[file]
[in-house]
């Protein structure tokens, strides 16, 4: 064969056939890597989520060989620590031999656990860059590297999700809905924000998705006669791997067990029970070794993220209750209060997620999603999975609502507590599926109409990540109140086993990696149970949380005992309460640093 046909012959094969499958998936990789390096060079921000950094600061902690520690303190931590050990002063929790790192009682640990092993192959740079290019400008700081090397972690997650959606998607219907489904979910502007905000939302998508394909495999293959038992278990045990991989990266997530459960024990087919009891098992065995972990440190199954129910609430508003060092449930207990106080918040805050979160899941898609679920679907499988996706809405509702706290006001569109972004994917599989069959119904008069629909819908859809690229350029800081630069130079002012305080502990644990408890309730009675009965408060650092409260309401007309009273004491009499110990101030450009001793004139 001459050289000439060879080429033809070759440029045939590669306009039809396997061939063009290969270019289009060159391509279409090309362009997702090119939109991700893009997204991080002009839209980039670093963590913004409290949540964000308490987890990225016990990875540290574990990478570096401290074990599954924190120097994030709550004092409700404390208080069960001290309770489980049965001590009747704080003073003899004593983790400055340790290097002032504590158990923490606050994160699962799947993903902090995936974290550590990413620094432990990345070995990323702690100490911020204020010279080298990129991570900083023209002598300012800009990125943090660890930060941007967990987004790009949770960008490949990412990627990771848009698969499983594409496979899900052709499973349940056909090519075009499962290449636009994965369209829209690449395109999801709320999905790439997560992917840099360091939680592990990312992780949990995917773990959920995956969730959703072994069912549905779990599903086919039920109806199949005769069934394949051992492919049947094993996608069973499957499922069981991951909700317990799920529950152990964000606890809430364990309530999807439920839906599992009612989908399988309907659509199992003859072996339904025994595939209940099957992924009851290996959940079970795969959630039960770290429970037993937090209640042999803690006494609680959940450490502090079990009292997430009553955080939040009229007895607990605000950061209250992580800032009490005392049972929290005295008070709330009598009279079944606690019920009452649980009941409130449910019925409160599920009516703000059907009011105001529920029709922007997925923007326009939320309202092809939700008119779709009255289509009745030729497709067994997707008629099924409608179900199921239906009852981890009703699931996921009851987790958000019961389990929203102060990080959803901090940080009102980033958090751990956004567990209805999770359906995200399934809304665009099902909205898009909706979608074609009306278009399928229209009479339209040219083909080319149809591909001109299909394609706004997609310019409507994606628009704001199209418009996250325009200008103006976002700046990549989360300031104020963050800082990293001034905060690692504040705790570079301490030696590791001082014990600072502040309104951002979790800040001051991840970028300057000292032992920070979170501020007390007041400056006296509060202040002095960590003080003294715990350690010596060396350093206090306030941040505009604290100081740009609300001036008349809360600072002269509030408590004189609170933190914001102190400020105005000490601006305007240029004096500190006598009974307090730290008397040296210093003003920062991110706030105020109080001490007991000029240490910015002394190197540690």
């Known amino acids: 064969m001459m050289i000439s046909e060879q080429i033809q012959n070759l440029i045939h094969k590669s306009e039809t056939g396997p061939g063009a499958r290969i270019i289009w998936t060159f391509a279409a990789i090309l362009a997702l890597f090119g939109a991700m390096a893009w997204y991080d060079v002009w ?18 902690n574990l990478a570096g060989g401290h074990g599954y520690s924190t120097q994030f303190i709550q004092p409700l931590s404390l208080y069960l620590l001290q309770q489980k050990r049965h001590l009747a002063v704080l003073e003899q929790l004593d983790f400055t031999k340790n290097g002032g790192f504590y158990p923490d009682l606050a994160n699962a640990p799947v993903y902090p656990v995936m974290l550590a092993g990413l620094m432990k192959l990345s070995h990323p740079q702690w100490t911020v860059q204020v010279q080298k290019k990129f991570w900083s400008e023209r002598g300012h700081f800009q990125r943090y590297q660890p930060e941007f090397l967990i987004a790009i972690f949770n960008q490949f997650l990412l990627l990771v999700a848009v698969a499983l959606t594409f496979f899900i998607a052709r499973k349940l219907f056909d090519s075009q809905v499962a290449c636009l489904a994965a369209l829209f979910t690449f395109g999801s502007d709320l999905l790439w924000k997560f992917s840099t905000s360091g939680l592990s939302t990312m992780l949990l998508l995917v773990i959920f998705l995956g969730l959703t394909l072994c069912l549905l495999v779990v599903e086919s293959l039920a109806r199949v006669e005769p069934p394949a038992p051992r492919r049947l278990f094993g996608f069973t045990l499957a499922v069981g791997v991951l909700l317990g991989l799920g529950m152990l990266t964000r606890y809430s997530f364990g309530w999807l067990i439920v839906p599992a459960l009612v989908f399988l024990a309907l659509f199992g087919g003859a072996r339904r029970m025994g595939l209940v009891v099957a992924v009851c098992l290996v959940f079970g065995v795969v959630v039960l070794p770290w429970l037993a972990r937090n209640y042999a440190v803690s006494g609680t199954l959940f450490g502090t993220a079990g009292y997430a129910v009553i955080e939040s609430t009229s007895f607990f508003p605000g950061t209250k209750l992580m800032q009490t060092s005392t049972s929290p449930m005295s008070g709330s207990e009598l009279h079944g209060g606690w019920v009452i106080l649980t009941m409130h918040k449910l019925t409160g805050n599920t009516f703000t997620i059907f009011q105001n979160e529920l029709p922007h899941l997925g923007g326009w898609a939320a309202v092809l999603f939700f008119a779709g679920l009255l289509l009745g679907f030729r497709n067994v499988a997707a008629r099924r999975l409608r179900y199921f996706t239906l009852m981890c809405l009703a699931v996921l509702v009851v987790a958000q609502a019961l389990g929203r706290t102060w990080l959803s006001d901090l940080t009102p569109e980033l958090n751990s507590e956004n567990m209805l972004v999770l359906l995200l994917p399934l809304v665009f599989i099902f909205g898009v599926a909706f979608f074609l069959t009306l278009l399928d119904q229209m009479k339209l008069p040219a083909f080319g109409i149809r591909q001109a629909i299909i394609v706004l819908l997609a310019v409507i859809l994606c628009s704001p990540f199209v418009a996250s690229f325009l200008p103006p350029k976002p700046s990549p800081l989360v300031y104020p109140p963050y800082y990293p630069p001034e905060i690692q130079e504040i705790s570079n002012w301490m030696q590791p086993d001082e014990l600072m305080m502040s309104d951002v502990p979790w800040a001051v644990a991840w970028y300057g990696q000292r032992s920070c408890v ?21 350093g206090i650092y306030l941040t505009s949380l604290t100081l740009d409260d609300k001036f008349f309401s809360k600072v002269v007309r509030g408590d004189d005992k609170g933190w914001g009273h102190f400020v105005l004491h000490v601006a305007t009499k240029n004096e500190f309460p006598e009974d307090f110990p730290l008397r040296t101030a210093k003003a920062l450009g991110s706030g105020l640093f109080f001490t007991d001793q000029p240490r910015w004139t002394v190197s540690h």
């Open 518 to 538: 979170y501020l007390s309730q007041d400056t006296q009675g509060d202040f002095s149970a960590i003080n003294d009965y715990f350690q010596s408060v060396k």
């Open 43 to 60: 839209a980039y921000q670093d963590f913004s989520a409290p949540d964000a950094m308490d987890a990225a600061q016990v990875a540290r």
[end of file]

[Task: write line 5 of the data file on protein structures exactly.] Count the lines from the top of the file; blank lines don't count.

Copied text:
């Open 43 to 60: 839209a980039y921000q670093d963590f913004s989520a409290p949540d964000a950094m308490d987890a990225a600061q016990v990875a540290r």